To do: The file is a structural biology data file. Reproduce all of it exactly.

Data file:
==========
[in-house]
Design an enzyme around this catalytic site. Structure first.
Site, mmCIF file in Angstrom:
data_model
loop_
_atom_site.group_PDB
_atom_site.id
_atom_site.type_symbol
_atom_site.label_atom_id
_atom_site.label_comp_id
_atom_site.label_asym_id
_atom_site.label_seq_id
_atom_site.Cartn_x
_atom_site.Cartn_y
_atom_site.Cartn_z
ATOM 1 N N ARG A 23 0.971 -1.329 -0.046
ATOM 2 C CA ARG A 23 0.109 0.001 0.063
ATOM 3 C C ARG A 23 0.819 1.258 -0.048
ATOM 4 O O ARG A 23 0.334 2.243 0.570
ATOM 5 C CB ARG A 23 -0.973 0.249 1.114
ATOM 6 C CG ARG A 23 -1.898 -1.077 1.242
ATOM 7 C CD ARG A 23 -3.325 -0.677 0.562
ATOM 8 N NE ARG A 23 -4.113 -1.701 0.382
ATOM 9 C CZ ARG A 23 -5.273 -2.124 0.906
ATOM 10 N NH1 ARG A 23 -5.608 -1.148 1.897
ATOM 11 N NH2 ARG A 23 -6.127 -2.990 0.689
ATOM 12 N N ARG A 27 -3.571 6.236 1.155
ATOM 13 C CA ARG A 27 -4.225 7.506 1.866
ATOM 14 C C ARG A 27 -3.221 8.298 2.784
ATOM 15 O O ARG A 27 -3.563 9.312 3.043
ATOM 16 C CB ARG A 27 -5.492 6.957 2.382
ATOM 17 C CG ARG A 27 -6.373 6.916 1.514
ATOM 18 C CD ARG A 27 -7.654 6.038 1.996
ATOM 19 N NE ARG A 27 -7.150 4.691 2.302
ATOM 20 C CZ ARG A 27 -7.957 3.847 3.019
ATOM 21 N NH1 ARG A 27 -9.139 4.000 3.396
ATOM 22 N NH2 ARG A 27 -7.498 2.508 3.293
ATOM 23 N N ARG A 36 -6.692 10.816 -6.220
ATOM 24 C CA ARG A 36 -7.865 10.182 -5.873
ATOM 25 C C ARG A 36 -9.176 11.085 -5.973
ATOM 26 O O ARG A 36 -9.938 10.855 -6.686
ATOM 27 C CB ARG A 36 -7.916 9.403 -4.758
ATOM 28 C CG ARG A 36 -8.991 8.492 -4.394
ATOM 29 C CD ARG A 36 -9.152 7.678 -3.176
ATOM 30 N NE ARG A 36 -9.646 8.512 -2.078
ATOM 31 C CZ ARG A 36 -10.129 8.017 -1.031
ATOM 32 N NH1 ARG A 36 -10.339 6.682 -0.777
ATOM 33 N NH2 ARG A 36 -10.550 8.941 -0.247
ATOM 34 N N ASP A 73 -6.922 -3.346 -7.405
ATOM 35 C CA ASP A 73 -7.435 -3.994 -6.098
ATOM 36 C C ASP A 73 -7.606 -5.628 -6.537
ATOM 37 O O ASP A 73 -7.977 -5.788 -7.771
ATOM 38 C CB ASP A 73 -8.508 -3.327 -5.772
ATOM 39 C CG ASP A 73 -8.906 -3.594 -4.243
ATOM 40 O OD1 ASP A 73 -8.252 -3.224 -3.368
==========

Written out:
[in-house]
Design an enzyme around this catalytic site. Structure first.
Site, mmCIF file in Angstrom:
data_model
loop_
_atom_site.group_PDB
_atom_site.id
_atom_site.type_symbol
_atom_site.label_atom_id
_atom_site.label_comp_id
_atom_site.label_asym_id
_atom_site.label_seq_id
_atom_site.Cartn_x
_atom_site.Cartn_y
_atom_site.Cartn_z
ATOM 1 N N ARG A 23 0.971 -1.329 -0.046
ATOM 2 C CA ARG A 23 0.109 0.001 0.063
ATOM 3 C C ARG A 23 0.819 1.258 -0.048
ATOM 4 O O ARG A 23 0.334 2.243 0.570
ATOM 5 C CB ARG A 23 -0.973 0.249 1.114
ATOM 6 C CG ARG A 23 -1.898 -1.077 1.242
ATOM 7 C CD ARG A 23 -3.325 -0.677 0.562
ATOM 8 N NE ARG A 23 -4.113 -1.701 0.382
ATOM 9 C CZ ARG A 23 -5.273 -2.124 0.906
ATOM 10 N NH1 ARG A 23 -5.608 -1.148 1.897
ATOM 11 N NH2 ARG A 23 -6.127 -2.990 0.689
ATOM 12 N N ARG A 27 -3.571 6.236 1.155
ATOM 13 C CA ARG A 27 -4.225 7.506 1.866
ATOM 14 C C ARG A 27 -3.221 8.298 2.784
ATOM 15 O O ARG A 27 -3.563 9.312 3.043
ATOM 16 C CB ARG A 27 -5.492 6.957 2.382
ATOM 17 C CG ARG A 27 -6.373 6.916 1.514
ATOM 18 C CD ARG A 27 -7.654 6.038 1.996
ATOM 19 N NE ARG A 27 -7.150 4.691 2.302
ATOM 20 C CZ ARG A 27 -7.957 3.847 3.019
ATOM 21 N NH1 ARG A 27 -9.139 4.000 3.396
ATOM 22 N NH2 ARG A 27 -7.498 2.508 3.293
ATOM 23 N N ARG A 36 -6.692 10.816 -6.220
ATOM 24 C CA ARG A 36 -7.865 10.182 -5.873
ATOM 25 C C ARG A 36 -9.176 11.085 -5.973
ATOM 26 O O ARG A 36 -9.938 10.855 -6.686
ATOM 27 C CB ARG A 36 -7.916 9.403 -4.758
ATOM 28 C CG ARG A 36 -8.991 8.492 -4.394
ATOM 29 C CD ARG A 36 -9.152 7.678 -3.176
ATOM 30 N NE ARG A 36 -9.646 8.512 -2.078
ATOM 31 C CZ ARG A 36 -10.129 8.017 -1.031
ATOM 32 N NH1 ARG A 36 -10.339 6.682 -0.777
ATOM 33 N NH2 ARG A 36 -10.550 8.941 -0.247
ATOM 34 N N ASP A 73 -6.922 -3.346 -7.405
ATOM 35 C CA ASP A 73 -7.435 -3.994 -6.098
ATOM 36 C C ASP A 73 -7.606 -5.628 -6.537
ATOM 37 O O ASP A 73 -7.977 -5.788 -7.771
ATOM 38 C CB ASP A 73 -8.508 -3.327 -5.772
ATOM 39 C CG ASP A 73 -8.906 -3.594 -4.243
ATOM 40 O OD1 ASP A 73 -8.252 -3.224 -3.368